Dating a Privileged White Girl

Turtle Rock is a multi-tiered specialty community in Orange County, CA in a city called Irvine. Street signs are small and the roads are hilly. They are threats to teenagers that live here with their parents. BMWs and Mercedes-Benzs often collide at the bottom of hills at the hands of teenagers. Turtle Rock is predominately populated by Privileged White Families.

The Privileged White Girl, or PWG, remains a staple in male dating habits nationwide. They’re characterized by their refined upbringing, tastes, and high levels of self-consciousness. They are usually artistically inclined, most commonly in literature and art history. Some are known to pursue the fine arts. A small number find their “forte” in finance. PWGs are found in private educational institutions across the country. Most are identified by uncommon names and/or common names with uncommon spellings.

Sage Hill School is a private, liberal arts-focused high school in adjacent Newport Coast, CA that sits approximately one mile from the beach. Olive was a 17 year old high school senior at Sage when I met her at the holiday party of a mutual friend. I was 16, a sophomore at a public high school, and instructed to bring my guitar. I knew three people at the party, counting the host. The three friends schmoozed while I planted myself at a restored early 20th century French butcher table with a Bud Light and the guitar. The house was expensive and untouched. The guitar stayed in its case. Everyone else drank PBR.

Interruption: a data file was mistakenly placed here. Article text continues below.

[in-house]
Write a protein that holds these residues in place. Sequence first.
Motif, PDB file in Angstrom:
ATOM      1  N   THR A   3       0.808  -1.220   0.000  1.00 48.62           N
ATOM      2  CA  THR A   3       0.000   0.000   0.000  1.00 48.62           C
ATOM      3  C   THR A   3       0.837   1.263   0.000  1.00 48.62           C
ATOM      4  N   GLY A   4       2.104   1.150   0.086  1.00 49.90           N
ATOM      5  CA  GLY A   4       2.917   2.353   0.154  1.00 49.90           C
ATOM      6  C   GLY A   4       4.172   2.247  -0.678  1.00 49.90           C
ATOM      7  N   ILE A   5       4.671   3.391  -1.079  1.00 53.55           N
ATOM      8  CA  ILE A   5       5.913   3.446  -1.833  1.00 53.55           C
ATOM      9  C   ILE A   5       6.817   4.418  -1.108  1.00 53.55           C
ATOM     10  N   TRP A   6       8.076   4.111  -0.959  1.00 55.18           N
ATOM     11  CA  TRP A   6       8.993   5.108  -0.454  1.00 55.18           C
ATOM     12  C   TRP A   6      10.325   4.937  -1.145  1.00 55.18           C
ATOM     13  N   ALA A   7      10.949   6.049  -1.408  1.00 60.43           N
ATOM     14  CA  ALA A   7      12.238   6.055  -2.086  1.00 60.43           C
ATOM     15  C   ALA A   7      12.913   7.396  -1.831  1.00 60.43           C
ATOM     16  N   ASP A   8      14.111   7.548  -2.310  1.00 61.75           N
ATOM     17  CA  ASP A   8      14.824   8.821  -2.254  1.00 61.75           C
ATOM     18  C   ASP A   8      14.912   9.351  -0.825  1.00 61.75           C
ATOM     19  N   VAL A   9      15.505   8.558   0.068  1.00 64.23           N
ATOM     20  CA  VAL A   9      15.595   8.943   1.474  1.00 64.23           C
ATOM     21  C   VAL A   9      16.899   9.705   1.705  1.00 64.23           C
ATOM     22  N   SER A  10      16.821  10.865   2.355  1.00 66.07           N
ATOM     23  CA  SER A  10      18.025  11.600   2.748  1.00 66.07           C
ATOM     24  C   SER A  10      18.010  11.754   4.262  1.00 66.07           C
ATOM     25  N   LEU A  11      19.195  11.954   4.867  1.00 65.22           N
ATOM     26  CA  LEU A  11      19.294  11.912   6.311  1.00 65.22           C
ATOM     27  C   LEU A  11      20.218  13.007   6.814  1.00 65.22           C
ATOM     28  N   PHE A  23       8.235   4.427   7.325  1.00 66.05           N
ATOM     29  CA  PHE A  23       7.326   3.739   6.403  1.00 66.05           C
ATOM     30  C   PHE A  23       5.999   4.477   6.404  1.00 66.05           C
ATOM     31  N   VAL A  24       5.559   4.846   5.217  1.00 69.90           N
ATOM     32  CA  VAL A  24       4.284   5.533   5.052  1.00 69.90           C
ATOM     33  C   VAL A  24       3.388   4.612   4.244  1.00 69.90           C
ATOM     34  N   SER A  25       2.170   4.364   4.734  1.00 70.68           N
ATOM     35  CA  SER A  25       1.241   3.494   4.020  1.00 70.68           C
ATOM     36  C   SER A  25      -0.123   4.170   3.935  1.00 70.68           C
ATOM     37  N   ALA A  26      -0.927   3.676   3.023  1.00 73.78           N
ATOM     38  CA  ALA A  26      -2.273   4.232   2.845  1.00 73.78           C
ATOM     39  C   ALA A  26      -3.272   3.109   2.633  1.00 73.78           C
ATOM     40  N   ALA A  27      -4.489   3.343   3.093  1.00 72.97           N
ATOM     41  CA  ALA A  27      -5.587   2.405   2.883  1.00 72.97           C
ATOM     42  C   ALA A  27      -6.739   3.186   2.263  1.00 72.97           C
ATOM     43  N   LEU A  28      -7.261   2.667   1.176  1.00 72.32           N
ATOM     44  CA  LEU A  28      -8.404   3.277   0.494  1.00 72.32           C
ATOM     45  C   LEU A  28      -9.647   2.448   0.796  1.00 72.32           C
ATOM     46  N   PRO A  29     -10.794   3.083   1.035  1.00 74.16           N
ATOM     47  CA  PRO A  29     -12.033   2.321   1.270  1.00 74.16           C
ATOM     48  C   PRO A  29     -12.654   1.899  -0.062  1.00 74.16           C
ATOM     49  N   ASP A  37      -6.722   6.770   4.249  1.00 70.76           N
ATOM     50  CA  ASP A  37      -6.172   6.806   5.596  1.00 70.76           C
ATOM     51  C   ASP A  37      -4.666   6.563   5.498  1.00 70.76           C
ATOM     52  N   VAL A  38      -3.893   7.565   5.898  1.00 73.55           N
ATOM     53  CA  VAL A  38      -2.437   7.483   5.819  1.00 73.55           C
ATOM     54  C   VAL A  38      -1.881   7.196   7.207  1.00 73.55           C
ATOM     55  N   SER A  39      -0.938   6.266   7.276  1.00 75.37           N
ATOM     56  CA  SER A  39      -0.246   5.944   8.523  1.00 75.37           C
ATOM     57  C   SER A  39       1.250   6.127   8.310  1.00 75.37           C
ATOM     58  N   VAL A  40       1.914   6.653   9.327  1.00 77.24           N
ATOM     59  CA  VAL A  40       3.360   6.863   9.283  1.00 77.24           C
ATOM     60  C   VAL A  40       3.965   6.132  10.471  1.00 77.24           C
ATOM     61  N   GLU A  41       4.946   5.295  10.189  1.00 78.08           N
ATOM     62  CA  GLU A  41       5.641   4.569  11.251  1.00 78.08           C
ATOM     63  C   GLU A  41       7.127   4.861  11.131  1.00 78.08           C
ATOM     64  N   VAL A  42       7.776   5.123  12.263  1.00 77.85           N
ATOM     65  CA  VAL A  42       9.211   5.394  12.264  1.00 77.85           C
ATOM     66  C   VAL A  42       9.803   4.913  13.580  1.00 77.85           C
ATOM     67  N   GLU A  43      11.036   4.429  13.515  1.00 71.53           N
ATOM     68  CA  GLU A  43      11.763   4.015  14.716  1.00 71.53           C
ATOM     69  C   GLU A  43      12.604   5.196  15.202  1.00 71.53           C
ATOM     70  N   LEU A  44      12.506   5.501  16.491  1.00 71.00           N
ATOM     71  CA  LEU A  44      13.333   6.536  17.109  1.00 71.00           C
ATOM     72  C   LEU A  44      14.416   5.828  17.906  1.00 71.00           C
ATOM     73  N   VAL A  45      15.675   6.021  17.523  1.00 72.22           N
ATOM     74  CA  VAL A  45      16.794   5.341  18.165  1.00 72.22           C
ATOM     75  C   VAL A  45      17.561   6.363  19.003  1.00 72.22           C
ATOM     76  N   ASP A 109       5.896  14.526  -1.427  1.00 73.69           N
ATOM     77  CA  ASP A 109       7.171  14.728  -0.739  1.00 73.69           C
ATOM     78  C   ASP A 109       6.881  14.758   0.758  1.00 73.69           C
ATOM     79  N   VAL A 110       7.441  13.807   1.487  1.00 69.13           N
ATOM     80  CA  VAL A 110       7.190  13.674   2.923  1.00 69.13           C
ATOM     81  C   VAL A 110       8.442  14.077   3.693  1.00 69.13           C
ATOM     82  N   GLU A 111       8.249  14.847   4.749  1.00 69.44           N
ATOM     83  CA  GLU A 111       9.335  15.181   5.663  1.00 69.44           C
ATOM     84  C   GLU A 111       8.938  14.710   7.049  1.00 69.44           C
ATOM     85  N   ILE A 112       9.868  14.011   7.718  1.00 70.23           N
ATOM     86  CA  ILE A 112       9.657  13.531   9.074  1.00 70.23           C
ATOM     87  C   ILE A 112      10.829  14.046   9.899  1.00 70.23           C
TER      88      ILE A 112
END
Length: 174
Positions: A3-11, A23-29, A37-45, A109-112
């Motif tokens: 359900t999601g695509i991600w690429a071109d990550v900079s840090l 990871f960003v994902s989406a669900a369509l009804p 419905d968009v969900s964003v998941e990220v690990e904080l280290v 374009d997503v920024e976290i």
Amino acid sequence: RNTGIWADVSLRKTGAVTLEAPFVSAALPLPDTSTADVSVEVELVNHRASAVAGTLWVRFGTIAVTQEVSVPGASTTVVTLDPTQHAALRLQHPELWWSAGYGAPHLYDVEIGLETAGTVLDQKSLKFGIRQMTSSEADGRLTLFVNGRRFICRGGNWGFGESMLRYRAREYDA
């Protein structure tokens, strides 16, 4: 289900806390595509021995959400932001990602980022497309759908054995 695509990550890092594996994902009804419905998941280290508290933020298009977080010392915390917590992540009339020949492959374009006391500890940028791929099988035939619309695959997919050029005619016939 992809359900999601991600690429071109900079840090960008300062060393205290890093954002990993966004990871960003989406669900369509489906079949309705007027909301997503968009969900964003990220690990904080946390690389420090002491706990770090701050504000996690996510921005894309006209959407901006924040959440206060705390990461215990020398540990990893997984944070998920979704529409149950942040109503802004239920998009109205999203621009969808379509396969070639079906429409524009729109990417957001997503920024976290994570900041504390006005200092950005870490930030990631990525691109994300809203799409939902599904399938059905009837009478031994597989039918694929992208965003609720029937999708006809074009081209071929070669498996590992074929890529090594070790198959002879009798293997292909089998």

The host asked me to play a song. I played “Far, Far Away” by Wilco. I was noticeably buzzed; I had switched the order of several lyrics. I remember singing it good enough. I noticed Olive watching me from between people’s heads. We locked eyes a few times during the song. I finished and the four or five others clapped and assured me I did well and walked away. She was alone and came up to me to say she really liked that Wilco song, though her favorite was on “Summerteeth,” the one before “Yankee Hotel Foxtrot.” “You know that one, right,” she asked. I nodded yes and sipped. She eyed a boy that brushed past her. Olive was pretty.

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